Constitution Day commemorates the date in 1787 on which delegates to the Philadelphia Convention completed and signed the U.S. Constitution. In effect, September 17th is the birthday of our current form of government. Constitution Day also recognizes all who are born in the U.S. or by naturalization have become citizens.

For more information on the Constitution or our government, visit the Government Documents Office and Collection on the Lower Level or visit with a librarian.

Also, please feel free to take a look at the Constitution Day display on the Lower Level and pick up a free Pocket U.S. Constitution.

Pocket U.S. Constitution

A constitution embodies the fundamental principles of a government. Our constitution, adopted by the sovereign power, is amendable by that power only. To the constitution all laws, executive actions, and, judicial decisions must conform, as it is the creator of the powers exercised by the departments of government.”  – www.archives.gov

-Laura Plowman, Public Services Library Associate


What can a person do with 13,000 feet of plastic wrap?

May 25, 2010

 With… 

31 ranges of shelving…
at nearly 100 shelves per range,
13,000 feet of 10″-wide green plastic pallet wrap,
and help from Sunil, Nikunj, Lisa, Sandy, Susan, and Laura with photographs by Patty… 

…we can plastic-wrap the Government Documents Collection in preparation for moving the shelving!  

The documents are secure and are now awaiting the stack movers for the next step in the recarpeting project!  

Looking down the plastic-wrapped aisles

Looking down the plastic-wrapped aisles

 

 

  

Sandy, Susan, and Nikunj wrapping the upper shelves

Sandy, Susan, and Nikunj wrapping the upper shelves

 

Lisa and Sandy wrapping the shelves

Lisa and Sandy wrapping the shelves

 


Banana Boxes Maps and Microfilm

May 17, 2010

Briggs Library Lower Level Madness has risen to new heights. Library staff have been furiously moving furniture, clearing shelves, emptying map cases, and empting microfilm cabinets. Why the madness, you ask? And what do Banana Boxes have to do with anything?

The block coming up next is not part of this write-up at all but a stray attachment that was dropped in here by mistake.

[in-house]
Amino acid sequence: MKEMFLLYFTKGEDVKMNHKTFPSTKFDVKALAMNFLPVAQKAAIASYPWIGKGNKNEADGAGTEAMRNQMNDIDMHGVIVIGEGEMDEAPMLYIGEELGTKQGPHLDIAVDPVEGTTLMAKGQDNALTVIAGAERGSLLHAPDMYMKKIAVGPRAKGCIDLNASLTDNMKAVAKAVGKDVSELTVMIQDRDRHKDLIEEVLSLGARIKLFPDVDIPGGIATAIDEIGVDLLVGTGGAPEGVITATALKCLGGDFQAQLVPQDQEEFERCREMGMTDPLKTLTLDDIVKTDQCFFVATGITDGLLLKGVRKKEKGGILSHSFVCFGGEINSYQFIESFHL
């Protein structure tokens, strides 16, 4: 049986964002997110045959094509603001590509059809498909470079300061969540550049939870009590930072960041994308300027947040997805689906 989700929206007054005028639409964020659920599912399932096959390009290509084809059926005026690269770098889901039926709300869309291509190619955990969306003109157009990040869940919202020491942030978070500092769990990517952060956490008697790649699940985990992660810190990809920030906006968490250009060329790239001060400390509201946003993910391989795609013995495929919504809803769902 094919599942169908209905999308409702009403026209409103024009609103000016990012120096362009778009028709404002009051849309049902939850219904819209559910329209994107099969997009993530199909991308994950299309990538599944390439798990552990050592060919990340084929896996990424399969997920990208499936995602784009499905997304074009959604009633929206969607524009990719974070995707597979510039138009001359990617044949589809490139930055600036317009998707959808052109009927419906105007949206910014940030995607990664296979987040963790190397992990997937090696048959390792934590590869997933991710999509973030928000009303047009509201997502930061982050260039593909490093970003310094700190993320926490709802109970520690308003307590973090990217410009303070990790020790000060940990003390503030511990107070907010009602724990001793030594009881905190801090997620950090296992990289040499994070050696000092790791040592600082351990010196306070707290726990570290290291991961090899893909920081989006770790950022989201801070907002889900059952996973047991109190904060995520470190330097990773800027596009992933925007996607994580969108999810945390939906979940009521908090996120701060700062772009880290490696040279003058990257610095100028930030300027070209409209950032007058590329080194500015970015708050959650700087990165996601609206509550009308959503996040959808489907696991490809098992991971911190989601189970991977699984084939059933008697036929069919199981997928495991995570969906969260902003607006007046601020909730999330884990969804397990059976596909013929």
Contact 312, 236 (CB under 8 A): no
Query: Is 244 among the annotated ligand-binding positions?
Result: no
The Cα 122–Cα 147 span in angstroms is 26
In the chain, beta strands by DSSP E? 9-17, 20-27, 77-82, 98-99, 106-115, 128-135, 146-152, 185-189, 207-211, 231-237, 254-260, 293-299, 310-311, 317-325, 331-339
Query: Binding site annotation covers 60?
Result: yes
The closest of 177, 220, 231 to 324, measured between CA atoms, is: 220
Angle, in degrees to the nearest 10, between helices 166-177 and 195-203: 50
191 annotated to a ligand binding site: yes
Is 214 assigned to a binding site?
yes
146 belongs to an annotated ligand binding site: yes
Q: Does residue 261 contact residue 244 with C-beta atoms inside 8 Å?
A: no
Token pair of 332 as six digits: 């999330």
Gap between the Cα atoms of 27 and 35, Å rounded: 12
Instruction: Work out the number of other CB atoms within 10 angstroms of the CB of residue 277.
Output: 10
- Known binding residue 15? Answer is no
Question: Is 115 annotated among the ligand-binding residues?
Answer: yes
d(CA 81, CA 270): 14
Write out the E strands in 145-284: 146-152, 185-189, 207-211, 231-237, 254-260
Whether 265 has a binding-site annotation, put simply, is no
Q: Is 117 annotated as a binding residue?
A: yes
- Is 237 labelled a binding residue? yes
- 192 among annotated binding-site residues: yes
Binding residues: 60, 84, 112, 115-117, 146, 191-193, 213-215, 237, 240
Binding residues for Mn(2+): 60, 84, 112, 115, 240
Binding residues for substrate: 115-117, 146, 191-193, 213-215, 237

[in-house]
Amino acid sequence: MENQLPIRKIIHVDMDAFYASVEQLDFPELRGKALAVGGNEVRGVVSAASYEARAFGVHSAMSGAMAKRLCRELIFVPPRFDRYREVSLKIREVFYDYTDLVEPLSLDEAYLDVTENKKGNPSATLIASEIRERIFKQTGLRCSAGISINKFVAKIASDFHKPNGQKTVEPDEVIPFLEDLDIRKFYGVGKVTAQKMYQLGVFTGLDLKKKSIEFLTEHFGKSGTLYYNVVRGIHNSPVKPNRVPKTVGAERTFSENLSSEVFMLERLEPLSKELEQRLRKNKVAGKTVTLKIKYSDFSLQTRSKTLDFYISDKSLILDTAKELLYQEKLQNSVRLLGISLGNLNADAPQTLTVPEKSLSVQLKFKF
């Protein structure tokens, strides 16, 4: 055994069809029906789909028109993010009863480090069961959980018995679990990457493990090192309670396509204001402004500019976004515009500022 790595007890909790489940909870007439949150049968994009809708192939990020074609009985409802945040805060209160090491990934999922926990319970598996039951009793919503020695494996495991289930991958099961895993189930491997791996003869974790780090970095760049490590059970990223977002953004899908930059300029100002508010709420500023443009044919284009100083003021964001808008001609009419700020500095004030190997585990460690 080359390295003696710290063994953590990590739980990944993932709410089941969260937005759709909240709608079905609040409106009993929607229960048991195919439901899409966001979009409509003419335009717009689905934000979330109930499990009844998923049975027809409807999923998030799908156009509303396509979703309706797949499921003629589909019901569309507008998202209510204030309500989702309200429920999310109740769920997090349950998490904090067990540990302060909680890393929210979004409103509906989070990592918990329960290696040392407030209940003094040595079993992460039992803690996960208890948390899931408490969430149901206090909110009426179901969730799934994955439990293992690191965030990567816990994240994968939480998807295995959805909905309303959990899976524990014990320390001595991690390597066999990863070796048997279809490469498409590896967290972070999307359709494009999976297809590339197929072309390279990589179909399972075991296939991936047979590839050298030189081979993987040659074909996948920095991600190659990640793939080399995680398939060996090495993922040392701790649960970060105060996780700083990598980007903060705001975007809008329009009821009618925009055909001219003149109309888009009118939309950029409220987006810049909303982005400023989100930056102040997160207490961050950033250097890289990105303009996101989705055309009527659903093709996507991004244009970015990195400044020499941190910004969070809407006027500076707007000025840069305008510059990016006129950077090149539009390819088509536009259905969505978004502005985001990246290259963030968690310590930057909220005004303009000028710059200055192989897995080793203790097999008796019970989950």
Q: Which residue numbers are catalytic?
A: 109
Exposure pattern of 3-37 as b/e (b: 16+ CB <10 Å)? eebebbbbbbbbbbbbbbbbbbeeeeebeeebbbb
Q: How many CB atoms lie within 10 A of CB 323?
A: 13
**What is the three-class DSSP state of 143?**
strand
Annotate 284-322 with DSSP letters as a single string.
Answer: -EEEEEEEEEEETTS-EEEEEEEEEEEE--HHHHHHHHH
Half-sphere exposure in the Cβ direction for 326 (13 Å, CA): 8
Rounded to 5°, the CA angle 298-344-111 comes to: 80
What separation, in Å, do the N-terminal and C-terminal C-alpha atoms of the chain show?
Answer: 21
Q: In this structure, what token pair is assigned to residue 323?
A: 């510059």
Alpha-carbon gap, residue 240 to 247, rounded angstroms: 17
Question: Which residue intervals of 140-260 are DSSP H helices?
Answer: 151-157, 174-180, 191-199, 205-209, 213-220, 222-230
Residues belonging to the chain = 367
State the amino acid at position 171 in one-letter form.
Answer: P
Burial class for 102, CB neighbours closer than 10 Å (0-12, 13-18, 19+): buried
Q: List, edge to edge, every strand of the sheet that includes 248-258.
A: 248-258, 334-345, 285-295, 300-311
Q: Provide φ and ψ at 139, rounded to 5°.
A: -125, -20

Briggs Library is undergoing major changes on the Lower Level of the Library. Since 1977, the year of H.M. Briggs opening, the Lower Level has been “decorated” for the time-1977, that is. What do you think of when asked about the library basement? ORANGE! Yes, the orange carpet and orange shelves are certainly retro, but the carpet has seen much better days. Sooooooooooooo…finally………………..the library is getting new carpet for the entire Lower Level! AND………………….it IS NOT ORANGE!!!!!!!!!!!!!!!!!!!  

The Bound Periodical, Documents, Curriculum, Maps, and Microform Collections will all be moved at one time or another to accomodate the carpet layers. Thus, these collections will have limited access until the project is completed. Microfilm cabinets and map cases are entirely too heavy when full to move. Documents Staff have emptied 240 map drawers with over 70,000 maps, and 360 microfilm drawers with over 20,000 microfilm reels to temporary locations. If all goes well, the collections should be available  by Mid-June. Thank you for your patience during our organized chaos.  

So what about those banana boxes? Did you know a banana box can hold 80-88 reels of microfilm? Well now you know! Amazing what one learns when scavenging for boxes-banana boxes are the best!    

Nikunj and Sunil prepare maps for move

Kathy prepares map stack

Room soon to be filled with maps

Nikunj, Sunil, and Laura map movers

The "Map Room"

Banana boxes-thanks HyVee!

Microfilm cabinets-360 drawers

The "Microfilm Room"

Ice cream for a job well done!

 

 Vickie Mix, Documents Librarian  


National Library Week Trivia Display

April 8, 2010

Do you visit Briggs Library?  Do you like trivia?  Or glossy book covers? Do you like finding non-guilt-inducing ways of procrastinating a few minutes?  (It’s educational!)

If you answered yes to any of those questions, visit the lower level of the library and check out our National Library Week trivia display!

Just twelve simple questions – do one or do all.  Chances are your score will be pretty good!

-Laura Plowman, Public Services Library Associate

National Library Week lower level trivia display